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Business DNA: Bringing International Private Education to Thailand

Growing up in Singapore, Kelvin Koh Yew Hock, would get up very early and help his mom open her food store before washing up and going to school. Sports and Kelvin’s mom taught him perseverance. The same perseverance made him stay in Thailand and build his business, even though he arrived in the country just before one of its military coups.

Kelvin says his perseverance is part of his DNA. You must have a clear mind about what you want and how you will take it to the next level, and never stop learning.

In 2001, SISB Public Company Limited (SISB TB) was incorporated. It was first listed on the Market for Alternative Investment (mai) in 2018 and then moved to the Stock Exchange of Thailand on 23 April 2019. SISB is a provider of international schools in Thailand and is based on the Singapore curriculum specializing in mathematics and science. It follows a trilingual teaching approach with English, Thai, and Chinese. Since its establishment, SISB has expanded to five campuses that provide education for all levels between pre-kindergarten and the 12th grade. As of 31 December 2020, 2,638 students were enrolled.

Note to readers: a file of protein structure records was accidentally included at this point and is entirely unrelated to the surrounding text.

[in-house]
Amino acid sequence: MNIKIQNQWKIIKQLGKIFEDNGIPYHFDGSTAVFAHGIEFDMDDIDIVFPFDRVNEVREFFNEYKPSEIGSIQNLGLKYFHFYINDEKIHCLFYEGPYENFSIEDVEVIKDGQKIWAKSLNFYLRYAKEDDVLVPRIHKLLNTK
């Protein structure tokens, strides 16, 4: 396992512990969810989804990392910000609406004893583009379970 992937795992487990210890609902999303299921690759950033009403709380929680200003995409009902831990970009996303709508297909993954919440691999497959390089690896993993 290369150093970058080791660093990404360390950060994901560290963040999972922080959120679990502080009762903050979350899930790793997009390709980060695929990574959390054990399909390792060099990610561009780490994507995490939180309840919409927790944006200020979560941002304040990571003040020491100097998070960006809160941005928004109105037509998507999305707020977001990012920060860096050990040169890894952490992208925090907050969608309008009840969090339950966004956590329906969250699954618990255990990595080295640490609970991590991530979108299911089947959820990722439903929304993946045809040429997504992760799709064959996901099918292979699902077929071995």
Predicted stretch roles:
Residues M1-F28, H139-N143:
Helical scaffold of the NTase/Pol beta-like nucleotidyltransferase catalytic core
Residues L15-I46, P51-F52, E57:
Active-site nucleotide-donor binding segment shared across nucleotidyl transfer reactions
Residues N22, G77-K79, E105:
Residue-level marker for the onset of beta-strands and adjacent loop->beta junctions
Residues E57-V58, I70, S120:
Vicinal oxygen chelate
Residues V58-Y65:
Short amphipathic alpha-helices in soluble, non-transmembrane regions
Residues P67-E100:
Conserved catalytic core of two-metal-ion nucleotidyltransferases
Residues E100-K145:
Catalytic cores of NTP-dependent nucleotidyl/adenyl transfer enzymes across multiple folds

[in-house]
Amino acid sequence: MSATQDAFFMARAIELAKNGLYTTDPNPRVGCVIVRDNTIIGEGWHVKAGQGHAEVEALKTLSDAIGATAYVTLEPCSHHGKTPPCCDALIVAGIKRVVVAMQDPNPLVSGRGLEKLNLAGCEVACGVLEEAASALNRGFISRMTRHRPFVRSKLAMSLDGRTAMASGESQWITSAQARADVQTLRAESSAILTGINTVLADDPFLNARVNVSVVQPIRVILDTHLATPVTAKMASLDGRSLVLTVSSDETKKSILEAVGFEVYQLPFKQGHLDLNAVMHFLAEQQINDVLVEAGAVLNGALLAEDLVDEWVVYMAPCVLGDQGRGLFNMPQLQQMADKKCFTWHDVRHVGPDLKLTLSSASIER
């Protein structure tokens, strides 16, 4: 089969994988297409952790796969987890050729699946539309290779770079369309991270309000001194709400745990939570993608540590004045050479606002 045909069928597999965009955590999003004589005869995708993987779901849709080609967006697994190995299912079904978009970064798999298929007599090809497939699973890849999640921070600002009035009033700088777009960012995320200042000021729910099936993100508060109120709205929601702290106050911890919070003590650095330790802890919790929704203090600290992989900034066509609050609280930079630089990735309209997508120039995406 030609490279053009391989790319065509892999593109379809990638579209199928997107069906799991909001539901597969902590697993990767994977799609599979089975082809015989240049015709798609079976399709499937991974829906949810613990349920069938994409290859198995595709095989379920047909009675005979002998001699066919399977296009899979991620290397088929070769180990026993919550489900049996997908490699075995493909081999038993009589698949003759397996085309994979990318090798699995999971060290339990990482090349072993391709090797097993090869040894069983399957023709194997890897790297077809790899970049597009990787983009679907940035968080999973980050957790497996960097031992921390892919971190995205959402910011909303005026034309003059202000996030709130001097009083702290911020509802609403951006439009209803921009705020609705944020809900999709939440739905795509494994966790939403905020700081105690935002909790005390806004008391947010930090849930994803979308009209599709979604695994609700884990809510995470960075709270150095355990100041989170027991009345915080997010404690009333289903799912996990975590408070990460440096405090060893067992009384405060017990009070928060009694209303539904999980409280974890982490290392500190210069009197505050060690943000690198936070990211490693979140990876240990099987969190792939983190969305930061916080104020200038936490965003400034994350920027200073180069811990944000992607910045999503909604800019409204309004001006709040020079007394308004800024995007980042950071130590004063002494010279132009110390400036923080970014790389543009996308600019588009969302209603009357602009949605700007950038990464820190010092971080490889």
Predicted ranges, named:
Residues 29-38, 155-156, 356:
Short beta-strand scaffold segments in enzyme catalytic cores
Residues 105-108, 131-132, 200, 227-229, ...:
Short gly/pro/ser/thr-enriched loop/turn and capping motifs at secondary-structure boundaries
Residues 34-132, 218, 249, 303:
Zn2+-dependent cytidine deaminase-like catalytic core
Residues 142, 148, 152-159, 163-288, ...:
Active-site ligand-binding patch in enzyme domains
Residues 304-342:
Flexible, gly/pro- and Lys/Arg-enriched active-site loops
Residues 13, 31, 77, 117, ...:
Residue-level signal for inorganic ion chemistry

Download the full interview (1.2MB pdf)

Company DNA: SISB

The focus of this interview was to try to understand the company’s DNA. Now that we had a little bit of a background on the company, we want to drill down to find the unique essence of what differentiates SISB.

Please take a moment to explain your Business DNA.

KELVIN: I think for education, the DNA is quite clear. We want to make sure that our students grow their potential, and at the end of the day, we use a holistic approach. We want them to know about social responsibility and not just academic excellence. We want them to have values and skill sets such as critical thinking. We want them to be a conscientious person. So my DNA, I will say when I run a school, my students must be able to reach their full potential.

Education is a business that needs more responsible business people

KELVIN: To run an educational business, you have to be very responsible because you impact a kid’s life, from two-year-olds to grade 12. So you must take it to heart that education is a sacred business because you are impacting life. I like to make sure that when recruiting teachers and students, they realize that education is sacred. So, I would say that education is a business that needs more responsible business people than many others.